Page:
I only mention that because Brian France and the TV networks are well on their way to cause history to repeat itself with their precious Nascar.
I agree with you that there had to be plenty of exciting racing going on back in the field. Just because Kurt Busch lined up in the front row and dominated the race didn’t dictate the finishing order of the other 42 cars. Dale Jr. came back from 26th to finish 2nd, Bowyer started at the back, Edwards lost a lap early and I’m sure had to race hard to finally earn the “Lucky Dog”. Those are just a few examples of racing that ESPN chose to not show us. Instead we saw their version of entertainment while a race was going on that they did not want us to see.
I think it is time to retire my soapbox for now. Thank you Bobb, for the trip down memory lane.
Yeah; Sheldon Kinser! But the event I’m talking about was an odd show. It was in July or August… and started around 2pm. They ran a pair of 33 lap qualifying heats and took the top 12 from each to make the starting 24 cars for the 34 lap “feature”. Pancho had a mechanical failure in his heat so he was either offered a car or paid to drive a car of one of the traditional backmarkers… who had made it thru to the feature. Pancho was the first to “push-off” even tho he had to line up dead last… took one hard corner and pulled right back into the pit area while the rest of the cars were push-started. They jacked like 7 rounds of wedge into the right front corner and those of us in the pits watching that thought, ‘Ain’ no way that’ll do any good! He’s so far off the setup…” Who’d have known he’d pick ‘em off one by one and snag the win in the last 100 yards!
I agree about your diagnosis and post mortums. The evidence of the disease is everywhere as NASCAR grasps at straws to assure their demise!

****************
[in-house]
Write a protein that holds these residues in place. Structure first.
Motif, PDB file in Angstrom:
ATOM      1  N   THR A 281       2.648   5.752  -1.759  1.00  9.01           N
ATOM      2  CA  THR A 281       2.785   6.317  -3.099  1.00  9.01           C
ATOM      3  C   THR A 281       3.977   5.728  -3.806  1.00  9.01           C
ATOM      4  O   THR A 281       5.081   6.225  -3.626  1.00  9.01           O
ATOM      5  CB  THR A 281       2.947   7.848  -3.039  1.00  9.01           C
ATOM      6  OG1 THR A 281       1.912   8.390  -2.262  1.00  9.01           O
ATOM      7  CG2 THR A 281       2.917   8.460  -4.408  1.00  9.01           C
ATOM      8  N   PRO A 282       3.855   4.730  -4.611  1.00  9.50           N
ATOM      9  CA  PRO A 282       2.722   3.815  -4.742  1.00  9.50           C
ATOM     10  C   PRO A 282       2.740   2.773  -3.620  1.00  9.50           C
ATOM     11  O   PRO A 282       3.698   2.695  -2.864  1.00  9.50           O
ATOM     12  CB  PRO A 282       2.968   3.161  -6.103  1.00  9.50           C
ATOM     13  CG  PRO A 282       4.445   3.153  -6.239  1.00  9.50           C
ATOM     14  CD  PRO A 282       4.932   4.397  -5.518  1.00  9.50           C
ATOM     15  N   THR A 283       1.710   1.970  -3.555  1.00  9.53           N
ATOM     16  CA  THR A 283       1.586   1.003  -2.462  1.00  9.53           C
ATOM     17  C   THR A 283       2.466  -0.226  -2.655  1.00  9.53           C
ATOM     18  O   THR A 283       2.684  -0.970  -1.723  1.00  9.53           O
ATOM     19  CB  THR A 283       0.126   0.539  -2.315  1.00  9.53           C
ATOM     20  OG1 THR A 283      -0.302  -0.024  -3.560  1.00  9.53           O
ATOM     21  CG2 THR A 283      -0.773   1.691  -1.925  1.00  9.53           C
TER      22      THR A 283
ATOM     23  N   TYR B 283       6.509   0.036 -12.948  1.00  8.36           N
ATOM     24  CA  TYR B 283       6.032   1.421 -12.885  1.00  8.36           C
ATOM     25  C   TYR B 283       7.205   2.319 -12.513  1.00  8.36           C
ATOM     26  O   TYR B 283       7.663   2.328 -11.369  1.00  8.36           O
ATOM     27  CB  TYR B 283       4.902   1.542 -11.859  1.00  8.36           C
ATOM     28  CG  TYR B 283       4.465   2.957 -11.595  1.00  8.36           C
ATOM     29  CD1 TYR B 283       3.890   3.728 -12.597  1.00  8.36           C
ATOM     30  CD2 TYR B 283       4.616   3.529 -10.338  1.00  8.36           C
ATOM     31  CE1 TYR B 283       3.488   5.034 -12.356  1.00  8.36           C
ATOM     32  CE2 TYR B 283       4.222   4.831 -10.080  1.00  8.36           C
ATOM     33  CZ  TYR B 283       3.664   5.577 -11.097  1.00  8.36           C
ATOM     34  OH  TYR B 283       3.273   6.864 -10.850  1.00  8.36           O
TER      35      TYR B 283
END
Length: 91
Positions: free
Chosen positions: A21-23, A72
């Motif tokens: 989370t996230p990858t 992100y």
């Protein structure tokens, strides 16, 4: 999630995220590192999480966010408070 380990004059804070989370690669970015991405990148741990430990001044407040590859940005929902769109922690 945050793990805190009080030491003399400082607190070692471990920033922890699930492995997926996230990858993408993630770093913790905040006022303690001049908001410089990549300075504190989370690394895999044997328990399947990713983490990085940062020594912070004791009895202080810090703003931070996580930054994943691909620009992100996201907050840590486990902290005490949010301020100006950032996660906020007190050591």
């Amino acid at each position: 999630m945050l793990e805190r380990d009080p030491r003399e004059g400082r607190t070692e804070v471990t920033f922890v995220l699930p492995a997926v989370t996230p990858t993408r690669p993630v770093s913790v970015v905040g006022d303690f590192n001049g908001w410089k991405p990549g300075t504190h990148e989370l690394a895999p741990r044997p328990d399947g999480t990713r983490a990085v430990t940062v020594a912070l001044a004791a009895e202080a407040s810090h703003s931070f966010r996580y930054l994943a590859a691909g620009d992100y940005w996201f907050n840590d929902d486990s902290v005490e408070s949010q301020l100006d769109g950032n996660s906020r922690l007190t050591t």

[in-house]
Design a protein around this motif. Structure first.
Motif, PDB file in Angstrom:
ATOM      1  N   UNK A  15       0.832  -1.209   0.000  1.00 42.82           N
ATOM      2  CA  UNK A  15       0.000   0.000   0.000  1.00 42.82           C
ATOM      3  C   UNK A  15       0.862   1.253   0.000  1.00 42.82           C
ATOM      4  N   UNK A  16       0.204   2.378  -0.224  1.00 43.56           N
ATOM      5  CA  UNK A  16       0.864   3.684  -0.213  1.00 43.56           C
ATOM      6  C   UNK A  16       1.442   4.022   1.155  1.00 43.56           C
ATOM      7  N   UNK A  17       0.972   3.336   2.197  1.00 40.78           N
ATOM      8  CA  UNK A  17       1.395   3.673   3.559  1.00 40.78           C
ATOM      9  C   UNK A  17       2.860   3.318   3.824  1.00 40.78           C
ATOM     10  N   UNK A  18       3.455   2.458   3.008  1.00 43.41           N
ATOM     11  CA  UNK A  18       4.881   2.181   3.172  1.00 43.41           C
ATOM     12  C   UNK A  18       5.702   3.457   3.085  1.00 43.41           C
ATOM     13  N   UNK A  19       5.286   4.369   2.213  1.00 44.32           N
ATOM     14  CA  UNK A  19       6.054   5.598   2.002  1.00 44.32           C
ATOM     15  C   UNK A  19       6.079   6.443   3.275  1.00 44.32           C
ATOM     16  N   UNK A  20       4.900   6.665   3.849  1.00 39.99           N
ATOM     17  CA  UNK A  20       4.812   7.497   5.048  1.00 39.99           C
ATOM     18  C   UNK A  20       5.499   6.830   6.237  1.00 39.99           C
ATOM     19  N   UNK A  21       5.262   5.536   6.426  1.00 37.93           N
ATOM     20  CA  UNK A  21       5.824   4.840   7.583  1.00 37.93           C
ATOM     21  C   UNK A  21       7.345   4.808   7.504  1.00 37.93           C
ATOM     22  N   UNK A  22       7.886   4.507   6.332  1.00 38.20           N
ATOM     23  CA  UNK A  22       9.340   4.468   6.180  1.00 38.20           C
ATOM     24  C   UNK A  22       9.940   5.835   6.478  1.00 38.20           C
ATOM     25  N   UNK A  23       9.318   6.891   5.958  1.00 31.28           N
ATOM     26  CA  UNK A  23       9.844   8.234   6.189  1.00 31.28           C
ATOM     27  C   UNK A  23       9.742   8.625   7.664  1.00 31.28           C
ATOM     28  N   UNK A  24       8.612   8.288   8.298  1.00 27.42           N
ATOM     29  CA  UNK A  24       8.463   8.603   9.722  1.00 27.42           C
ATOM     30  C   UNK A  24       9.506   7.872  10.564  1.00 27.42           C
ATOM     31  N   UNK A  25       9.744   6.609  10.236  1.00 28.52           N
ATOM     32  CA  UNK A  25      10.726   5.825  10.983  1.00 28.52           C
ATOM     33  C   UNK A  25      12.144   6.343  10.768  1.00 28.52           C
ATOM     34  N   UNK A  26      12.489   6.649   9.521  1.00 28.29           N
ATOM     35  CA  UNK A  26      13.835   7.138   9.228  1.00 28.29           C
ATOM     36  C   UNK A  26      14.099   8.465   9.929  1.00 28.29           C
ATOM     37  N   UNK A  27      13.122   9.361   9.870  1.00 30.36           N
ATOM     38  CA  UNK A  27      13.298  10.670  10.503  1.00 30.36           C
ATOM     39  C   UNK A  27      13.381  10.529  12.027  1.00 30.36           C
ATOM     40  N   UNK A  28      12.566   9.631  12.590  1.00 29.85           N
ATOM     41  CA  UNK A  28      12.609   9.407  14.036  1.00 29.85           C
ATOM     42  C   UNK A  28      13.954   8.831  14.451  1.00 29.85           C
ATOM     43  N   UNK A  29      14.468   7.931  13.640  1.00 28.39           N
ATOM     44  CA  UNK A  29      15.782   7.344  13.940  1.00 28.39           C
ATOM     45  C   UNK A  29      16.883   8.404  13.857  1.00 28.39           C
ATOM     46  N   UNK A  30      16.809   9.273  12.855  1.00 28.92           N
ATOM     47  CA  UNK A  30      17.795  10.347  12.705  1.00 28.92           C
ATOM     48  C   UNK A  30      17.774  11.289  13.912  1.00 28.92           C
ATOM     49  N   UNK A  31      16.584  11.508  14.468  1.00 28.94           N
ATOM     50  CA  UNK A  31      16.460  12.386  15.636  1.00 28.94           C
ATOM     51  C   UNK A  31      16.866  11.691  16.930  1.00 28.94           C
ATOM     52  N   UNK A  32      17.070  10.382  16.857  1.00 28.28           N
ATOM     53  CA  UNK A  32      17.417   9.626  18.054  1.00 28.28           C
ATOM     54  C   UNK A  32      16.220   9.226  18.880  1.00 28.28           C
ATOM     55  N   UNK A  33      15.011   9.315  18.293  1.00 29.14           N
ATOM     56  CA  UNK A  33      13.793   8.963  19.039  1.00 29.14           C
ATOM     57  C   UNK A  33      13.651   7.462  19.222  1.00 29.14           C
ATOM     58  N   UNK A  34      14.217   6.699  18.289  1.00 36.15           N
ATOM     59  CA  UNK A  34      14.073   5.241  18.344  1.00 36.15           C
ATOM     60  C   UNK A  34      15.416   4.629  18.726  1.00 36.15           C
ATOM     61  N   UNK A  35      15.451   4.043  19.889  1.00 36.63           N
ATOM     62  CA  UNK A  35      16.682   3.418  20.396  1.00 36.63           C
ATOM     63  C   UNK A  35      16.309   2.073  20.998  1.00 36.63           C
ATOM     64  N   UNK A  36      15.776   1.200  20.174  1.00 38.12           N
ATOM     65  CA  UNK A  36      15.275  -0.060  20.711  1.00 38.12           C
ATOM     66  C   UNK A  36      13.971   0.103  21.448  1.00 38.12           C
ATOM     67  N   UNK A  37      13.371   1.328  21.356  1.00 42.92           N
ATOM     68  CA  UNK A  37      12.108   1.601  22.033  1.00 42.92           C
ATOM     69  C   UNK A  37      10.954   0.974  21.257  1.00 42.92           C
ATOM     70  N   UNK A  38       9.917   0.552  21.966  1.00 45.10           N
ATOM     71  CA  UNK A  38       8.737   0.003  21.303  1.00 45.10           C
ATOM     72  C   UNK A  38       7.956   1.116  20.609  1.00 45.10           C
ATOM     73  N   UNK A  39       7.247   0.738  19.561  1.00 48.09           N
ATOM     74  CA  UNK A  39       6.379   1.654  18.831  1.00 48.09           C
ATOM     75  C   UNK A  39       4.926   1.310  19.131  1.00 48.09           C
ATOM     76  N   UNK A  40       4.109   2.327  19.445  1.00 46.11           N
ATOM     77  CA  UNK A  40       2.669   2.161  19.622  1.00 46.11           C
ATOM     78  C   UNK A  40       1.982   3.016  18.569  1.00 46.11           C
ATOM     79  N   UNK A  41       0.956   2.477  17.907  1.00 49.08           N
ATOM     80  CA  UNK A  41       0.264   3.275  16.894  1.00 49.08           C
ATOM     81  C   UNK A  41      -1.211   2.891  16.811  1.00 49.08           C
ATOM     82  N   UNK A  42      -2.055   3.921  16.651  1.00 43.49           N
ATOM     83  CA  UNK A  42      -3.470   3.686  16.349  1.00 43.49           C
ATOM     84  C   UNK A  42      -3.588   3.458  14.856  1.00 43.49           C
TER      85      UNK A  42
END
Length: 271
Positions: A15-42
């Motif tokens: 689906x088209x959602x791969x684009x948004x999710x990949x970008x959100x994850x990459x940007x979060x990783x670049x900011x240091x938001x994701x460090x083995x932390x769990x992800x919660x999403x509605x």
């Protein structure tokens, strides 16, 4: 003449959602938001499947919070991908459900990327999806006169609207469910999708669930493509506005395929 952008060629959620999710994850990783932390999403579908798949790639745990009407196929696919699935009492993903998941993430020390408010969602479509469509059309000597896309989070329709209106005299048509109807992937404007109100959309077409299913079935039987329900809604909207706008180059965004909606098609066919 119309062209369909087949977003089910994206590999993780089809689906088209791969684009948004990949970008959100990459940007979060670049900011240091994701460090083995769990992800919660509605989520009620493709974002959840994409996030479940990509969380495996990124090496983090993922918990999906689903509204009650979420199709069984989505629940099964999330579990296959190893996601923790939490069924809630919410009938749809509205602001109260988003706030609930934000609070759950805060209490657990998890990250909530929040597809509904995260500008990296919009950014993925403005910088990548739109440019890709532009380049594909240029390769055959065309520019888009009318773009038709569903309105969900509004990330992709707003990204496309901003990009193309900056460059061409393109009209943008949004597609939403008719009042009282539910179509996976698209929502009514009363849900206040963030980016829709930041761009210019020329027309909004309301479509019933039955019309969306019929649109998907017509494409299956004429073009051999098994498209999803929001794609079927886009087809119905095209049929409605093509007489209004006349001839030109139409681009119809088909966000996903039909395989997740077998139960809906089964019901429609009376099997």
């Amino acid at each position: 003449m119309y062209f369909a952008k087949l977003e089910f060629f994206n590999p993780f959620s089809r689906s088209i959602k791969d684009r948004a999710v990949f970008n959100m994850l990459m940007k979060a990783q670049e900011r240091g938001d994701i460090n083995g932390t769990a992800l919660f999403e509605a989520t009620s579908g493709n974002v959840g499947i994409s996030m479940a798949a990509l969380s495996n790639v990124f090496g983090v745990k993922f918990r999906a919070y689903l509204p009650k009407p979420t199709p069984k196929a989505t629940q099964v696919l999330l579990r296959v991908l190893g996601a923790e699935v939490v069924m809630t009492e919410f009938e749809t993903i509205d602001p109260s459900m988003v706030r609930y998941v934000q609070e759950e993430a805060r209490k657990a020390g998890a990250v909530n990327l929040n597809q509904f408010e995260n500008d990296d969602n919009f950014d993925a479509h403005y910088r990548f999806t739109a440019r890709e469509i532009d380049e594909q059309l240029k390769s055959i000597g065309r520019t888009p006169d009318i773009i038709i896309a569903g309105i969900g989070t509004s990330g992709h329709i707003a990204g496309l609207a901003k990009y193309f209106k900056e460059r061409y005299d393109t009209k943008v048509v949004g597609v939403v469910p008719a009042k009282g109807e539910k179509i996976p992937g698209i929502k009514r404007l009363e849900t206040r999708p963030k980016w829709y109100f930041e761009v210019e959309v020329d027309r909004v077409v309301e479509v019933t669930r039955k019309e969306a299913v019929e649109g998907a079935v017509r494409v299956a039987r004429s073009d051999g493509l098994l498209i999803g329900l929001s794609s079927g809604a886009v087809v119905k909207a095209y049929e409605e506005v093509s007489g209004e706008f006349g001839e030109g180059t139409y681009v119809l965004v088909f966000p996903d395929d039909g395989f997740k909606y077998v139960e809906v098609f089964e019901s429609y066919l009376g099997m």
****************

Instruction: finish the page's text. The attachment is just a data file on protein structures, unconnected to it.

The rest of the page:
Many forget that it was Robbie Gordon who brought about the end of the “Geltlemen’s Agreement” leaving us with the “Lucky Dog”. I was there in Loudon (2004) when RG was all set to cut the stalled Dale J. car in half while racing to the yellow. The only thing that stopped him was the smart drivers in front of him who checked up to protect themselves and a driver they didn’t want to kill.
As Matt said: look at his history. What change is this going to bring? The black/red flag?
When you can get Tony Stewart AND Jeff Gordon to take a shot at you, perhaps it’s not the world that has the problem…
Re: Wolfman’s comments about the gentleman’s agreement and Robby Gordon.
I agree with you entirely. Robby Gordon has a long history of on the track antics that make it hard for me to simply think of him as a “hardnosed driver that wants to win”. I don’t care at all what the drivers do off the track… but when it’s racing, I do expect them to display some sense of sporting as drivers have for decades before!
Ya know, you bring up something that I think is absurd anyhow, but another tool that NASCAR emplys as part of their entertainment policies… now known as the “lucky dog”.
I hate rules that create artificial competition… someone a lap down had to race back to the lead lap for decades… it’s time NASCAR cure their rectal cranial inversion on this whole concept. This insanity would seem more appropriate in Formula One than in American oval racing.
I still hear everyone trying to make sense of what happened in Montreal… the last few laps of competition there had problems from every regard. Drivers, scoring, NASCAR… I think either nobody talks about their role in it as a victim, or everyone does.